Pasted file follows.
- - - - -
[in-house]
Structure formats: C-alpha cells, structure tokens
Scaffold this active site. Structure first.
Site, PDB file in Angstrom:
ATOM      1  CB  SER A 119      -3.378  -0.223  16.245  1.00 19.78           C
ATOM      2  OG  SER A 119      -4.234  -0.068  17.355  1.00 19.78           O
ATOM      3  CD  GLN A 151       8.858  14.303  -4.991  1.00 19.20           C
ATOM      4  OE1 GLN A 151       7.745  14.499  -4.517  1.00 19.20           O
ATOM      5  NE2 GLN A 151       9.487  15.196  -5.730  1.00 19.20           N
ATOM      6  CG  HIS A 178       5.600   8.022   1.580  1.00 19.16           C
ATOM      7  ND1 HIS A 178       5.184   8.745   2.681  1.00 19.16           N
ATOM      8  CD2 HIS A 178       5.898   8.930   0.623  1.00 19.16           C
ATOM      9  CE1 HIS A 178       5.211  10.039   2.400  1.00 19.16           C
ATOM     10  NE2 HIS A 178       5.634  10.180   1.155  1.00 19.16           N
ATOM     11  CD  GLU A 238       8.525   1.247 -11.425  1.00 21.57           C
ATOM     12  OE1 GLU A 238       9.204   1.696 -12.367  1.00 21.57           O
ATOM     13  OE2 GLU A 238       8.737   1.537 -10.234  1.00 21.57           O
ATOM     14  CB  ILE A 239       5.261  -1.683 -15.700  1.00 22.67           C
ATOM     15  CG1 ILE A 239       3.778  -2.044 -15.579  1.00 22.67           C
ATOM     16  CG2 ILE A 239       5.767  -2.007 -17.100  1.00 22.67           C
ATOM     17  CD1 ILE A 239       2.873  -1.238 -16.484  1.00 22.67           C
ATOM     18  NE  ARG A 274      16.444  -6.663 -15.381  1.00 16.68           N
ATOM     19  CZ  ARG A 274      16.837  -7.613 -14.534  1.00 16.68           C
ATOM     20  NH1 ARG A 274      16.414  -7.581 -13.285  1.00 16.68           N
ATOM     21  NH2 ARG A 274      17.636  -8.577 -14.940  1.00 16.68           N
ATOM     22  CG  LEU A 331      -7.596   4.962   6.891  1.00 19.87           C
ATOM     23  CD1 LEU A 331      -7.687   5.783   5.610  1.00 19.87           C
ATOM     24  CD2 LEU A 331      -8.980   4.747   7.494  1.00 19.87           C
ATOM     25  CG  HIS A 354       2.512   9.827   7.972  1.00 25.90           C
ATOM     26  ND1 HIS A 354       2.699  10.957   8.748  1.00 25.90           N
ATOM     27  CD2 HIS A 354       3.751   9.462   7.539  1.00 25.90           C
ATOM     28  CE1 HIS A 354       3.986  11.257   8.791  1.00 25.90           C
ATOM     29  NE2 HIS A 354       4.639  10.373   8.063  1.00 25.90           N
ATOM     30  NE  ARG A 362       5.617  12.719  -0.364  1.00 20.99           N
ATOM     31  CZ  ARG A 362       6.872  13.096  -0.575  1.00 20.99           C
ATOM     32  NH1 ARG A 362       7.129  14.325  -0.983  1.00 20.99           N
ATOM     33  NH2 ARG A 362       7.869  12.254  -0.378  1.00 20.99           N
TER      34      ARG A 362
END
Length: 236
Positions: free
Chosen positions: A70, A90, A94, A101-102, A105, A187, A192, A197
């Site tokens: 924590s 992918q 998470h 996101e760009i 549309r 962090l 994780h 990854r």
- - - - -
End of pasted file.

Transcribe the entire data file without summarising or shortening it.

[in-house]
Structure formats: C-alpha cells, structure tokens
Scaffold this active site. Structure first.
Site, PDB file in Angstrom:
ATOM      1  CB  SER A 119      -3.378  -0.223  16.245  1.00 19.78           C
ATOM      2  OG  SER A 119      -4.234  -0.068  17.355  1.00 19.78           O
ATOM      3  CD  GLN A 151       8.858  14.303  -4.991  1.00 19.20           C
ATOM      4  OE1 GLN A 151       7.745  14.499  -4.517  1.00 19.20           O
ATOM      5  NE2 GLN A 151       9.487  15.196  -5.730  1.00 19.20           N
ATOM      6  CG  HIS A 178       5.600   8.022   1.580  1.00 19.16           C
ATOM      7  ND1 HIS A 178       5.184   8.745   2.681  1.00 19.16           N
ATOM      8  CD2 HIS A 178       5.898   8.930   0.623  1.00 19.16           C
ATOM      9  CE1 HIS A 178       5.211  10.039   2.400  1.00 19.16           C
ATOM     10  NE2 HIS A 178       5.634  10.180   1.155  1.00 19.16           N
ATOM     11  CD  GLU A 238       8.525   1.247 -11.425  1.00 21.57           C
ATOM     12  OE1 GLU A 238       9.204   1.696 -12.367  1.00 21.57           O
ATOM     13  OE2 GLU A 238       8.737   1.537 -10.234  1.00 21.57           O
ATOM     14  CB  ILE A 239       5.261  -1.683 -15.700  1.00 22.67           C
ATOM     15  CG1 ILE A 239       3.778  -2.044 -15.579  1.00 22.67           C
ATOM     16  CG2 ILE A 239       5.767  -2.007 -17.100  1.00 22.67           C
ATOM     17  CD1 ILE A 239       2.873  -1.238 -16.484  1.00 22.67           C
ATOM     18  NE  ARG A 274      16.444  -6.663 -15.381  1.00 16.68           N
ATOM     19  CZ  ARG A 274      16.837  -7.613 -14.534  1.00 16.68           C
ATOM     20  NH1 ARG A 274      16.414  -7.581 -13.285  1.00 16.68           N
ATOM     21  NH2 ARG A 274      17.636  -8.577 -14.940  1.00 16.68           N
ATOM     22  CG  LEU A 331      -7.596   4.962   6.891  1.00 19.87           C
ATOM     23  CD1 LEU A 331      -7.687   5.783   5.610  1.00 19.87           C
ATOM     24  CD2 LEU A 331      -8.980   4.747   7.494  1.00 19.87           C
ATOM     25  CG  HIS A 354       2.512   9.827   7.972  1.00 25.90           C
ATOM     26  ND1 HIS A 354       2.699  10.957   8.748  1.00 25.90           N
ATOM     27  CD2 HIS A 354       3.751   9.462   7.539  1.00 25.90           C
ATOM     28  CE1 HIS A 354       3.986  11.257   8.791  1.00 25.90           C
ATOM     29  NE2 HIS A 354       4.639  10.373   8.063  1.00 25.90           N
ATOM     30  NE  ARG A 362       5.617  12.719  -0.364  1.00 20.99           N
ATOM     31  CZ  ARG A 362       6.872  13.096  -0.575  1.00 20.99           C
ATOM     32  NH1 ARG A 362       7.129  14.325  -0.983  1.00 20.99           N
ATOM     33  NH2 ARG A 362       7.869  12.254  -0.378  1.00 20.99           N
TER      34      ARG A 362
END
Length: 236
Positions: free
Chosen positions: A70, A90, A94, A101-102, A105, A187, A192, A197
């Site tokens: 924590s 992918q 998470h 996101e760009i 549309r 962090l 994780h 990854r």